DON’T play, play with mosquitoes: They bite seriously and deadly with two fatal cases in the first six weeks of this year.
The alarm bells are ringing from the first couple of cases involving dengue-related deaths and the Ministry of Health (MOH) and the National Environment Agency (NEA) are very concerned.
The authorities confirm that a 74-year-old resident of Bedok Reservoir Road died on Feb 3, while a 77-year-old resident of Hougang Avenue 3 died on Feb 7.
The two locations have since been categorised as dengue clusters, where NEA officers have carried out insecticide spraying in homes and in public common areas. So far, six dengue cases have been reported at Hougang Avenue 3. Two mosquito breeding habitats detected in common areas were found and destroyed.
The massive dengue cluster encircled by Bedok Reservoir Road, Jalan Damai, Jalan Tenaga and Kaki Bukit Avenue 1, however, currently hold a total of 167 reported dengue cases. 102 mosquito breeding habitats were destroyed as of Friday, including 79 found in residential premises, eight in industrial premises and 15 in common areas.
SEEK MEDICAL ATTENTION EARLY
“Persons infected with dengue should protect themselves from mosquito bites by applying repellent regularly,” advises the NEA. “If you are unwell and showing symptoms suggestive of dengue, you are advised to seek medical attention early.”
The bite-statistics are frightening: In 2018 alone, a total of 3,285 dengue cases were reported in Singapore – a 20 per cent rise from the 2,772 cases recorded in the preceding 12 months. Notably, five people aged between 41 to 75 died of dengue fever last year.
The NEA intends to crack the whip harder with more enforcement action against owners whose premises contained mosquito breeding habitats.
For the record, dengue continues to be a problem in Singapore, with 455 cases reported in the first two weeks of January, thrice as many compared with the same two-week period last year.
But there have been efforts to combat the dengue menace. In Nee Soon East and Tampines West, the population of dengue-carrying mosquitoes has been cut by at least half after the release of sterile male mosquitoes, which leads to eggs that cannot hatch. It is part of a NEA scheme called Project Wolbachia and it will be expanded to wider areas in the two estates.
The Wolbachia-Aedes mosquitoes’ job is to control and reduce the Aedes aegypti mosquito population, the primary species responsible for transmitting dengue and Zika. Eggs produced from the union of a male Wolbachia-Aedes mosquito and the female Aedes mosquito will not hatch. This limits the number of mosquito larvae each female Aedes mosquito can produce.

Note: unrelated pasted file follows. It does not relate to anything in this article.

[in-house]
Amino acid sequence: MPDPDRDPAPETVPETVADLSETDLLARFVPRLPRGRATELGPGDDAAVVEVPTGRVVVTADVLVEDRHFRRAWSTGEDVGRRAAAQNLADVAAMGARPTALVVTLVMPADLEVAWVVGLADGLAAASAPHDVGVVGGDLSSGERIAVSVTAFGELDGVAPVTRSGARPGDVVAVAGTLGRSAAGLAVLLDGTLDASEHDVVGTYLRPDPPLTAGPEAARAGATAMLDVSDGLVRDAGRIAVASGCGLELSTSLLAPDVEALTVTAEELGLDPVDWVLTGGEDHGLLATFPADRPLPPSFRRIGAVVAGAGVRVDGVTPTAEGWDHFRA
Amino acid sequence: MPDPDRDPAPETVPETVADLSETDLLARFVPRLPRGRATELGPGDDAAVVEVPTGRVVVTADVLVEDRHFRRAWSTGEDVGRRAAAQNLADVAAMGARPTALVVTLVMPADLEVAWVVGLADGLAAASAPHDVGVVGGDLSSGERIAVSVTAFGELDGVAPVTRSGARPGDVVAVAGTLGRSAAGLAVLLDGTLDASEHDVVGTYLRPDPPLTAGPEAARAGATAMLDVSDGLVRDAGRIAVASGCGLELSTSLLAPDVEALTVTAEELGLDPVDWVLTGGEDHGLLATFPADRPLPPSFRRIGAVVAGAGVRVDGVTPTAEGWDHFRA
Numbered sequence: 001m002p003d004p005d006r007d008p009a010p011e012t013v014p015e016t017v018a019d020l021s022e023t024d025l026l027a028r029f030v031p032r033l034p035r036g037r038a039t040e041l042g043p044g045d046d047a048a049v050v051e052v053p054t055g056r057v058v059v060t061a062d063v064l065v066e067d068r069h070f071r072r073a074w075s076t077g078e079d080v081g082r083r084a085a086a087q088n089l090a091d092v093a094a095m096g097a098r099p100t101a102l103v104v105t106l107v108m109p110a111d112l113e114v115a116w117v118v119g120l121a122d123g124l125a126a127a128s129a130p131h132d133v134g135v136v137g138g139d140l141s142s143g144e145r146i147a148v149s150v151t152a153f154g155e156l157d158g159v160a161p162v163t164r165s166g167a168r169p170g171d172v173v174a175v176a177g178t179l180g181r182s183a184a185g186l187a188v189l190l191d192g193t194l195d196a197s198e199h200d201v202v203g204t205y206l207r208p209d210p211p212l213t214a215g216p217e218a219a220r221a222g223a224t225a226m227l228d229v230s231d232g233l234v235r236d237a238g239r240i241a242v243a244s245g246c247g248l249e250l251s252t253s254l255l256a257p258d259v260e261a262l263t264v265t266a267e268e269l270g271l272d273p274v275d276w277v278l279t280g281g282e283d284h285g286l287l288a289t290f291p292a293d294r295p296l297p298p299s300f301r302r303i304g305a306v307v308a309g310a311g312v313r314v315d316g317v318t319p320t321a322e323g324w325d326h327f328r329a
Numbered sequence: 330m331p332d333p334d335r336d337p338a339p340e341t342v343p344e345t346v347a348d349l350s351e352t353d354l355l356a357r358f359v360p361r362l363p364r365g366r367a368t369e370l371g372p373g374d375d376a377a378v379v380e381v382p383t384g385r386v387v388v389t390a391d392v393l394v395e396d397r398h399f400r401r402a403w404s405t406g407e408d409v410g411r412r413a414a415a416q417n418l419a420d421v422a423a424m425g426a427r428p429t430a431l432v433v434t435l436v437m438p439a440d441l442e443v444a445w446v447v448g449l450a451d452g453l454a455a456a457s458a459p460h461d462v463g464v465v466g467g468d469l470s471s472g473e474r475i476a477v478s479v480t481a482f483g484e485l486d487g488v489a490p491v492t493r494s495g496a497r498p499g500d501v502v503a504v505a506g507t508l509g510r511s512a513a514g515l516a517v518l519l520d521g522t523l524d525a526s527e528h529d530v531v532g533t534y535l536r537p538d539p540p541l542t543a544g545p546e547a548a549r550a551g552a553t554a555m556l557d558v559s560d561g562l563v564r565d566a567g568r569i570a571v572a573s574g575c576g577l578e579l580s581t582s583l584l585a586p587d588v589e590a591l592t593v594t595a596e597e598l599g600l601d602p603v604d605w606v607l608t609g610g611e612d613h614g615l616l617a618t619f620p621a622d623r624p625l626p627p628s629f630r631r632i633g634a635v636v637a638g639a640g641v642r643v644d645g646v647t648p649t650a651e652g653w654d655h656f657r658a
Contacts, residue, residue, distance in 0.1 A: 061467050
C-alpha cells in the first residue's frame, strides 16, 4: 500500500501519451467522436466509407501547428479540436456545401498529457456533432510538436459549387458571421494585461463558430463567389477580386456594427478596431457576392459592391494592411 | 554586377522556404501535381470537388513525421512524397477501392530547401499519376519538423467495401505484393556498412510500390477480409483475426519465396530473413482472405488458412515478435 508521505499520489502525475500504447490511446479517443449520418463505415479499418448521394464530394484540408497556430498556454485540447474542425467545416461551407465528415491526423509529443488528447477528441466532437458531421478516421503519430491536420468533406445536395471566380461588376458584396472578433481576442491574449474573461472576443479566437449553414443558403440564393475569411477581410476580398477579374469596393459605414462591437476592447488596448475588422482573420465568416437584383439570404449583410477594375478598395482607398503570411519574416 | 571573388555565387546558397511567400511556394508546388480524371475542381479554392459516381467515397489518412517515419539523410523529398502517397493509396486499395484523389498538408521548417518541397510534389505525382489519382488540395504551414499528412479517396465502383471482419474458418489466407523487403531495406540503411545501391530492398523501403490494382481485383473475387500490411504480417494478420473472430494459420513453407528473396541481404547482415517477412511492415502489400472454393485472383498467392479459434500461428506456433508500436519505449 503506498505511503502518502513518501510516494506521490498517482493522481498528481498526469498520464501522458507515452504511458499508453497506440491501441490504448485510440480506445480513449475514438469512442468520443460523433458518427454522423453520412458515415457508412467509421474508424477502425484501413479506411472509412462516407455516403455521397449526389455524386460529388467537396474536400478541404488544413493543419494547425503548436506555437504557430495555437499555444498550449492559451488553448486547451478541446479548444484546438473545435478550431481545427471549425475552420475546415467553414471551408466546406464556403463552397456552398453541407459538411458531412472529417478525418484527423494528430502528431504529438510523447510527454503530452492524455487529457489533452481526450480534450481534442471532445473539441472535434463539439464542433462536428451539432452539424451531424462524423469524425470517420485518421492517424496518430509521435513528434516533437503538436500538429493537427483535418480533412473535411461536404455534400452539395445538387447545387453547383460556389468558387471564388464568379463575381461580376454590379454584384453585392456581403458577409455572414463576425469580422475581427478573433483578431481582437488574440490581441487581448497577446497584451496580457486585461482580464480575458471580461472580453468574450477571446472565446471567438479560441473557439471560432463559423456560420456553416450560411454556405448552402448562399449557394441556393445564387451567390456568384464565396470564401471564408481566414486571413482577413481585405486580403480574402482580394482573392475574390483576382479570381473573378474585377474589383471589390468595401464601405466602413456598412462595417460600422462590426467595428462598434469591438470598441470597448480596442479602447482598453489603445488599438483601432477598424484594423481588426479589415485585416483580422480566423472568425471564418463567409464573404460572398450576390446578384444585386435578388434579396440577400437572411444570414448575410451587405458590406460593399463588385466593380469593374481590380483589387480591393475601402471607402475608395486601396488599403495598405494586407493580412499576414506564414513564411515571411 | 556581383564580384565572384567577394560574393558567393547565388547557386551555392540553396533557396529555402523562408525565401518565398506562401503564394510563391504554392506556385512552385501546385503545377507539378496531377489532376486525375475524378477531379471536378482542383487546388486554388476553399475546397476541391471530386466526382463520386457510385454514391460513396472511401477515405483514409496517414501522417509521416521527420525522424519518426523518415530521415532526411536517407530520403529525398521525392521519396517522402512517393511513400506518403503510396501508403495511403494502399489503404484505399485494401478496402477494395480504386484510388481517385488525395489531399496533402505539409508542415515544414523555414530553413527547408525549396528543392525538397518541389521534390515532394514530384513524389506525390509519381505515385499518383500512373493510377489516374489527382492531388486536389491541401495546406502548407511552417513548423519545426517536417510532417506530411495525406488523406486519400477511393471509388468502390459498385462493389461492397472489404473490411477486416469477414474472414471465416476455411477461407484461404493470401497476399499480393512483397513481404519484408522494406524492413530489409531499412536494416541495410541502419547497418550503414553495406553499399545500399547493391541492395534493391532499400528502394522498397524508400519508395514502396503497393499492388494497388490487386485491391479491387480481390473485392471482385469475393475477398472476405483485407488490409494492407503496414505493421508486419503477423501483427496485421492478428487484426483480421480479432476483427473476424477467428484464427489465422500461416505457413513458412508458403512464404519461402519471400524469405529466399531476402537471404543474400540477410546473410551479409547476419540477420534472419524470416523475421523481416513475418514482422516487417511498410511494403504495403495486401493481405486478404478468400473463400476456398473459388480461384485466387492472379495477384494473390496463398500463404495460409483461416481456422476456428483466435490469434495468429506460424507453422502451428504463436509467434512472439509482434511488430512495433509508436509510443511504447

Just browse through these hard-biting statistics: In 2018, NEA conducted about one million inspections for mosquito breeding, including about 9,000 checks at construction sites, and uncovered about 18,000 mosquito breeding habitats.
The NEA website says as at November last year, about 4,100 households were fined for mosquito breeding. About 500 notices to attend Court and 40 Stop Work Orders were issued to construction sites. A total of 25 court prosecutions were also made against contractors for repeat offences.
A spokesman warns: “ The NEA will continue with these inspection and enforcement efforts in 2019. To safeguard public health, NEA will not hesitate to take contractors and residents to task for mosquito breeding found at their premises. In particular, NEA will take strong enforcement actions against recalcitrant errant premises owners.”
To keep dengue in check, NEA has commenced intensive source reduction exercise with major stakeholders. Together with the members of the Inter-Agency Dengue Task Force, as well as all Town Councils, NEA will continue its efforts to remove potential mosquito breeding habitats from public areas and housing estates.
Effective dengue prevention requires the vigilance and participation of everyone in the community. NEA strongly urges all members of the public to do their part to prevent and remove any breeding habitats of Aedes mosquitoes, and to remain vigilant in suppressing the Aedes mosquito population. These efforts will also contribute towards preventing the transmission of Zika and Chikungunya viruses.
If you’re planning to go overseas for vacation in the coming weeks, you should also mosquito-proof their homes before travel. You can keep your neighbourhoods safe from dengue by taking the following mosquito prevention measures:
- Cover all toilet bowls in the home
- Seal the overflow pipe of the flushing cistern
- Cover and seal all floor traps
- Add sand granular insecticide to areas where stagnant water cannot be easily removed
- Clear blockages and place Bti insecticide in roof gutters
- Turn over all water storage containers and wipe the rims dry
- Ask a relative or close friend to check your home regularly for stagnant water if you are going away for a long period of time
- Leave your contact details with your neighbours or the neighbourhood police post/centre so that you can be easily contacted
- If you’re infected with dengue, you should protect from mosquito bites by applying repellent regularly, and those showing symptoms suggestive of dengue should see doctors early to be diagnosed. The latest updates on the dengue situation can be found on NEA’s website, the Stop Dengue Now Facebook page, or the myENV app.
End of the day, the ball is in your backyard, says the NEA to Singaporeans: It reminds the public to play their part to help stem dengue transmission in affected areas, including by applying insect repellent and checking their premises daily for potential mosquito breeding habitats.
Don’t play, play with mosquitoes: Remember, they bite seriously and deadly, evident from two fatal cases in the first six weeks.
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